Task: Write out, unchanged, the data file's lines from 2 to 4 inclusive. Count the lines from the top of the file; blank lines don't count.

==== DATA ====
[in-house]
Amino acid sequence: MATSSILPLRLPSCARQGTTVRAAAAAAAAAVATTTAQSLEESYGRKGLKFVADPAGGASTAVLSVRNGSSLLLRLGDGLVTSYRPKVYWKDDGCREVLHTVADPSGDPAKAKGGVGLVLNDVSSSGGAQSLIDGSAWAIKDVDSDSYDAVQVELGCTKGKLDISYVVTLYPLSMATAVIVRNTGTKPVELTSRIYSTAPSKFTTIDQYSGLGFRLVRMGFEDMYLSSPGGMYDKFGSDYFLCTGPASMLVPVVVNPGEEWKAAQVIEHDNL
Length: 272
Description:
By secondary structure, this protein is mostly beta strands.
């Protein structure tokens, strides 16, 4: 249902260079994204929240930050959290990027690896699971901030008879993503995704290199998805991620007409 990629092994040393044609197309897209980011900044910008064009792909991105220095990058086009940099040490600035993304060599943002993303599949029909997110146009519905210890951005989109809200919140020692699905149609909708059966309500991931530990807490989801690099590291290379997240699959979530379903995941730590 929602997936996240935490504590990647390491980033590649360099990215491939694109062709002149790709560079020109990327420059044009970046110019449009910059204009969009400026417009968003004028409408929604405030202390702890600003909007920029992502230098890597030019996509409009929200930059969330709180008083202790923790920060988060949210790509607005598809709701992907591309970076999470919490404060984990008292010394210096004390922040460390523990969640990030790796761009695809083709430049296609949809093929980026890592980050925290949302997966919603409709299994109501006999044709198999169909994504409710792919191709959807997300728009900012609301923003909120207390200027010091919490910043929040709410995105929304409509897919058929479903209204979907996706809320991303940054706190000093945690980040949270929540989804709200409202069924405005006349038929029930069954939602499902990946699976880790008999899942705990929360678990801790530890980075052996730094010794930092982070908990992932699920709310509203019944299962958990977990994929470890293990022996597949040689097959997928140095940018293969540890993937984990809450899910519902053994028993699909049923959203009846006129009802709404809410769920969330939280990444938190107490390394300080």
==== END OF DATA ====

Amino acid sequence: MATSSILPLRLPSCARQGTTVRAAAAAAAAAVATTTAQSLEESYGRKGLKFVADPAGGASTAVLSVRNGSSLLLRLGDGLVTSYRPKVYWKDDGCREVLHTVADPSGDPAKAKGGVGLVLNDVSSSGGAQSLIDGSAWAIKDVDSDSYDAVQVELGCTKGKLDISYVVTLYPLSMATAVIVRNTGTKPVELTSRIYSTAPSKFTTIDQYSGLGFRLVRMGFEDMYLSSPGGMYDKFGSDYFLCTGPASMLVPVVVNPGEEWKAAQVIEHDNL
Length: 272
Description: